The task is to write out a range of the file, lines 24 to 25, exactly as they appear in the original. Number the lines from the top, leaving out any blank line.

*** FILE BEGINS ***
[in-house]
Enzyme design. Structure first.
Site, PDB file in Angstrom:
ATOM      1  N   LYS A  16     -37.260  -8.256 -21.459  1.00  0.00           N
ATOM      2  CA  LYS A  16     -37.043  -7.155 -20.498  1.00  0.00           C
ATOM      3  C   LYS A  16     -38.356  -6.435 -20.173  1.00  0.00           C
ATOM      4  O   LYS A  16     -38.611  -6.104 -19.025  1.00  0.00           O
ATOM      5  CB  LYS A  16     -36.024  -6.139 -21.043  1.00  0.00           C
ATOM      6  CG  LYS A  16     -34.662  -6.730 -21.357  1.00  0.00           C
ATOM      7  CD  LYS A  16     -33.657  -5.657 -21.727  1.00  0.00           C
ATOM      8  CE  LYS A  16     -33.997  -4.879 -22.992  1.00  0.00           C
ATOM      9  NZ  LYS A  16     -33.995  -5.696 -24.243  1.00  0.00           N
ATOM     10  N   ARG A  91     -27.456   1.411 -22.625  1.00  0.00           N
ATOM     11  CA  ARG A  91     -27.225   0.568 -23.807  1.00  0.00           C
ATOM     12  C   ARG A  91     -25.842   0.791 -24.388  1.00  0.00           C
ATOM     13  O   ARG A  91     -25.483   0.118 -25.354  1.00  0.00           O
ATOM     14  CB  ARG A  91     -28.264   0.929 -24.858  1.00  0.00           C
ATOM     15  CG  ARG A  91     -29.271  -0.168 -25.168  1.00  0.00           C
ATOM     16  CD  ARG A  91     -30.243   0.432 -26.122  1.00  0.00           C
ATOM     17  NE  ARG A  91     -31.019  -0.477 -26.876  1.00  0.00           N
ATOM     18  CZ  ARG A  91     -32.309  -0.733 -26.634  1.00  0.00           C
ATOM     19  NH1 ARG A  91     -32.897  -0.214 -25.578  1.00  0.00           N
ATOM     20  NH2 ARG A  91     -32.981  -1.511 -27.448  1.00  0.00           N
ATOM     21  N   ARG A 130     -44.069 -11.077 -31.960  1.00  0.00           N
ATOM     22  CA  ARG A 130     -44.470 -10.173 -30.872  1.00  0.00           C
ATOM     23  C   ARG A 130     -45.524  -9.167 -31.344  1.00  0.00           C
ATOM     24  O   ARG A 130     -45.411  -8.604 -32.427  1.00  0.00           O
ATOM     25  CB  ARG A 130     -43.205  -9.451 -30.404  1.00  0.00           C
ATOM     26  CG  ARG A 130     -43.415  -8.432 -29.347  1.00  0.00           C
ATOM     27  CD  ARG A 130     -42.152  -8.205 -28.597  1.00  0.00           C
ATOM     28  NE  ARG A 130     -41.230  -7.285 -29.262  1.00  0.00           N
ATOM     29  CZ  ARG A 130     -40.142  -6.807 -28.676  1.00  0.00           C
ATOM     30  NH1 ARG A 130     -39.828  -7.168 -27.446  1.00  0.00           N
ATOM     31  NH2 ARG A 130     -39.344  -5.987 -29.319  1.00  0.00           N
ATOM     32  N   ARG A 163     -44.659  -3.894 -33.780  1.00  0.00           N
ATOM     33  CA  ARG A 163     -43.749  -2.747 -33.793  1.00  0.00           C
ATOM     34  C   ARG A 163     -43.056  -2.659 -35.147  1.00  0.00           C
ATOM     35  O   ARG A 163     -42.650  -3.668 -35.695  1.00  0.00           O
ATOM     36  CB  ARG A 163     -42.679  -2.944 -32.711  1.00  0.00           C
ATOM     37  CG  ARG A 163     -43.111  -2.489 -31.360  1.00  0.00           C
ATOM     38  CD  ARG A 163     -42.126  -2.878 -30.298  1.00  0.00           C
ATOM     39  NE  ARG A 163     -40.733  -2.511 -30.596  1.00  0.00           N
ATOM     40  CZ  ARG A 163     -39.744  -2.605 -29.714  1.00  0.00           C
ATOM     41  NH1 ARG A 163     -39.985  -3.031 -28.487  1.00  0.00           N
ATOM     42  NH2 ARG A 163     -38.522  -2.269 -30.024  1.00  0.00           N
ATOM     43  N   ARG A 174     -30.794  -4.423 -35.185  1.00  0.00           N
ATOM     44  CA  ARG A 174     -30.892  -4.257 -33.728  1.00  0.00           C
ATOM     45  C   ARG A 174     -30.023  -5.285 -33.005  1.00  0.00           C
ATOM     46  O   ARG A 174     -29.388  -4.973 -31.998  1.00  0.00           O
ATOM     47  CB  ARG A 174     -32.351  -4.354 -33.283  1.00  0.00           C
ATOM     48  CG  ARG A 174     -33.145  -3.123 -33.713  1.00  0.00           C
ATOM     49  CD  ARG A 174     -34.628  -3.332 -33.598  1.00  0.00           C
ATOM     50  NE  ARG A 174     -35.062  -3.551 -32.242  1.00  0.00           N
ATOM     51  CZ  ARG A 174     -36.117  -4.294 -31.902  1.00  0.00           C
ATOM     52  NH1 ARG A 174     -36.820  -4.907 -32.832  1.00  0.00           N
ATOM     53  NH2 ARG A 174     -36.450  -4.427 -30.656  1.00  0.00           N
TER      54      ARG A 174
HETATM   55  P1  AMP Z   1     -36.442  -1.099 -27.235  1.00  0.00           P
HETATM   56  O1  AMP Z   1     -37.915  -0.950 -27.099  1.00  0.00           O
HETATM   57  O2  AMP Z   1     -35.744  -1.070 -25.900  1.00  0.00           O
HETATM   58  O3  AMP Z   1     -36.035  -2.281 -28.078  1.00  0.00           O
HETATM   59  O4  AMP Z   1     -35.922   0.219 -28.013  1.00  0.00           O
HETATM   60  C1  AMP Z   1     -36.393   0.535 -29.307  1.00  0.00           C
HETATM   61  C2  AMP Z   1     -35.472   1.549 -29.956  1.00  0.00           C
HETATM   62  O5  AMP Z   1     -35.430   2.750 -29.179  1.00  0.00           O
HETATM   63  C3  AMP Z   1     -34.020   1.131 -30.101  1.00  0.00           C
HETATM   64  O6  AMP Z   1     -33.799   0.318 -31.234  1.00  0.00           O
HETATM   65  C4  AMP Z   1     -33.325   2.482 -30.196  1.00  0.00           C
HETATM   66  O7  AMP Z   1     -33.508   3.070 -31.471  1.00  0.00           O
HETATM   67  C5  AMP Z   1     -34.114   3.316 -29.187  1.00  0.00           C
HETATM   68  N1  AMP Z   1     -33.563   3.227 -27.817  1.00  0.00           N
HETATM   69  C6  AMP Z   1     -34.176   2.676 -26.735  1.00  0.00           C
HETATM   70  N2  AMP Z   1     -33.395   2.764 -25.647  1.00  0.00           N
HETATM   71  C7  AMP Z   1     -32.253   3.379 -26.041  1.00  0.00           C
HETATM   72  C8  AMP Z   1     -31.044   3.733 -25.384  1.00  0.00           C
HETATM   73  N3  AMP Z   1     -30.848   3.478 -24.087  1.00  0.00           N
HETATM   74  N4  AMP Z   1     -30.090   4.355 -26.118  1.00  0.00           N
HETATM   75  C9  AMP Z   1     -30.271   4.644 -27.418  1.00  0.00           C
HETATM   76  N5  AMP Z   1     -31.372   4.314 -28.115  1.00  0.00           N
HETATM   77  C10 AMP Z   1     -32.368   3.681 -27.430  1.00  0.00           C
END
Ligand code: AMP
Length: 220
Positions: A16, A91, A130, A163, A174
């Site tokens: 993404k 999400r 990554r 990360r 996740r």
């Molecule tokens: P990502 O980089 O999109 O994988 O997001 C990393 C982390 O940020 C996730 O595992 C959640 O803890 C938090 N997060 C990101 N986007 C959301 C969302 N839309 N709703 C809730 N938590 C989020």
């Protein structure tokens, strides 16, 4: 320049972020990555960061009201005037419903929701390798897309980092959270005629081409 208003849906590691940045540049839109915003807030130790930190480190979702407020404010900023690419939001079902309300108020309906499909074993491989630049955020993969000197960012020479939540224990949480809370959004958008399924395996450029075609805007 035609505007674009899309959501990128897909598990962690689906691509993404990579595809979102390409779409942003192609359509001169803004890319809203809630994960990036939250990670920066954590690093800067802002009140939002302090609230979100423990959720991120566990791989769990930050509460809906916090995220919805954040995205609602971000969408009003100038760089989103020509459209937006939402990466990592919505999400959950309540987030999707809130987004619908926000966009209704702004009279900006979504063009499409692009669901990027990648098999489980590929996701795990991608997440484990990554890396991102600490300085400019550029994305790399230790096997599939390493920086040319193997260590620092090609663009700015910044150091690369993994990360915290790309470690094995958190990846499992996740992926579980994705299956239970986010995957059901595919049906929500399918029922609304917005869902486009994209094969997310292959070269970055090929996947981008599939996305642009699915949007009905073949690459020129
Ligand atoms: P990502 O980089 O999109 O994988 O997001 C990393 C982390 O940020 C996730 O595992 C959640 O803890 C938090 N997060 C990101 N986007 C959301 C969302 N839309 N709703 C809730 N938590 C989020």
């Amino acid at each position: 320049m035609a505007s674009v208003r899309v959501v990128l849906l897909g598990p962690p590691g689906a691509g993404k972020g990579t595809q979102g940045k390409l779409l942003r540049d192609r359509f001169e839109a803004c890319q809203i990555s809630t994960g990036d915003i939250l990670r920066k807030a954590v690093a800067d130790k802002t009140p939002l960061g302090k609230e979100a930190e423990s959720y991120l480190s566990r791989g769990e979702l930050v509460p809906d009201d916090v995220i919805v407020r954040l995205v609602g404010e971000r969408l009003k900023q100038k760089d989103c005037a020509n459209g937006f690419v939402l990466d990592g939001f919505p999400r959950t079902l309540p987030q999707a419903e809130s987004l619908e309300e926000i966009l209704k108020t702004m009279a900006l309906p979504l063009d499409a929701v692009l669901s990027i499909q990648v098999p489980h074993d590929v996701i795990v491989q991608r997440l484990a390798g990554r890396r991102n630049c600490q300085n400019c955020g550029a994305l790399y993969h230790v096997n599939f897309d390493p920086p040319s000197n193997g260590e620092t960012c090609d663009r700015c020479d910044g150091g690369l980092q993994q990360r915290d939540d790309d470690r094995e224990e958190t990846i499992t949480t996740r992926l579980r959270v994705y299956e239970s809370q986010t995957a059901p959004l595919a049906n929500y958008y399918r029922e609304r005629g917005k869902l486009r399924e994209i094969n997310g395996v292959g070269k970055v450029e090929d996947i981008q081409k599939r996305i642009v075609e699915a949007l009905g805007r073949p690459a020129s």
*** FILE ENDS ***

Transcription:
ATOM     21  N   ARG A 130     -44.069 -11.077 -31.960  1.00  0.00           N
ATOM     22  CA  ARG A 130     -44.470 -10.173 -30.872  1.00  0.00           C